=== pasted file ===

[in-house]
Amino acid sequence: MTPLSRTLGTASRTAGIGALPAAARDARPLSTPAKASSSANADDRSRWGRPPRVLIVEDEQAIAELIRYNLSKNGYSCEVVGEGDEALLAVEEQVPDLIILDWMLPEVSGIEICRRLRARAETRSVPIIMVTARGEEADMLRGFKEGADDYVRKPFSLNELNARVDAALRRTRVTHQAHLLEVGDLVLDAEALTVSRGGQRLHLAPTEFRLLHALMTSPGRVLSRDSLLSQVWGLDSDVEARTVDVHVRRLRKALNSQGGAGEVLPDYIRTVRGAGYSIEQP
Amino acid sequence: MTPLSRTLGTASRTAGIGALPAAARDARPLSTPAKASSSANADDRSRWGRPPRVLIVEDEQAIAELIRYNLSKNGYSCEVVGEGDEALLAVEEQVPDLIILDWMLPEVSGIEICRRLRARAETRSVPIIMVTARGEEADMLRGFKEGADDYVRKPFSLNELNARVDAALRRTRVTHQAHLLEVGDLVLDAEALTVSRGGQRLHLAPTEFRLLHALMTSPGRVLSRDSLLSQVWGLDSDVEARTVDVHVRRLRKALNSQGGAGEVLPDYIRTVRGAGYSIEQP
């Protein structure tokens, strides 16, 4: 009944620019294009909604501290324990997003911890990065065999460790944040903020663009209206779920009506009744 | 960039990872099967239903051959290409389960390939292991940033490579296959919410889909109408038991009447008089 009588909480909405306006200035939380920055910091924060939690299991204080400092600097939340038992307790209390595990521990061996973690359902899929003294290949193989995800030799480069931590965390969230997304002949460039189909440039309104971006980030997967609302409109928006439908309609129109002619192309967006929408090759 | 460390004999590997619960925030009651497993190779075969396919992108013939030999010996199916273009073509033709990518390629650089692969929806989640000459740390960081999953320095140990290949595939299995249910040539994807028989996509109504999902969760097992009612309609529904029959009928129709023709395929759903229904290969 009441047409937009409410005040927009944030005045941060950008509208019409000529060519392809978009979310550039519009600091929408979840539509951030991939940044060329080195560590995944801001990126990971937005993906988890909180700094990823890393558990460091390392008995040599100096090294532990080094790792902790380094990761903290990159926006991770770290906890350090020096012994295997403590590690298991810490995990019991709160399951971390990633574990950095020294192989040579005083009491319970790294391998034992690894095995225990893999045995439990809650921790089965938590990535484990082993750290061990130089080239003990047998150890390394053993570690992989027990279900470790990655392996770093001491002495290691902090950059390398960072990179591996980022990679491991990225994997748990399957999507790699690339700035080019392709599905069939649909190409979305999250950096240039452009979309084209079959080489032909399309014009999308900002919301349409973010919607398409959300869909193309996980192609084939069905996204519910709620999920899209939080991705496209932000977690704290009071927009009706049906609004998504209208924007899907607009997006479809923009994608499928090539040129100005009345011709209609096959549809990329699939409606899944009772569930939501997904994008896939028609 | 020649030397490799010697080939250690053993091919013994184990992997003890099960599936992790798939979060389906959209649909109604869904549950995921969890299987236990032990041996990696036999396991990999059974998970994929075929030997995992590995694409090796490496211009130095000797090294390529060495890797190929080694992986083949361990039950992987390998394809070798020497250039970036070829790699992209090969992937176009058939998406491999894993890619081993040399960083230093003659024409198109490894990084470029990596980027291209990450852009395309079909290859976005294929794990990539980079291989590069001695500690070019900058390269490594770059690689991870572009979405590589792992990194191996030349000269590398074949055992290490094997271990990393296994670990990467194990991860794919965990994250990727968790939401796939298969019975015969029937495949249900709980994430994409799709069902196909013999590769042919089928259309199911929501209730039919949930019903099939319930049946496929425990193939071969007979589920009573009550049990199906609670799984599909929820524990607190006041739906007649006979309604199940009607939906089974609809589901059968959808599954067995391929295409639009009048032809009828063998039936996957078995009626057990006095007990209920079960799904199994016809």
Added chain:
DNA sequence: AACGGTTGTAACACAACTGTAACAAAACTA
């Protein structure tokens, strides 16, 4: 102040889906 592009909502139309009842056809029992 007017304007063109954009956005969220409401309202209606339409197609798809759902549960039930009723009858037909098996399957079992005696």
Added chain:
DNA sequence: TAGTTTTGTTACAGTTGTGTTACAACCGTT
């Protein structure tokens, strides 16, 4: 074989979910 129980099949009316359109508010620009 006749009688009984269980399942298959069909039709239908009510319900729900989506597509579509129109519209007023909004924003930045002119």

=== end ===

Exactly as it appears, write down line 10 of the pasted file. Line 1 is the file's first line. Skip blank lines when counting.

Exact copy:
């Protein structure tokens, strides 16, 4: 074989979910 129980099949009316359109508010620009 006749009688009984269980399942298959069909039709239908009510319900729900989506597509579509129109519209007023909004924003930045002119």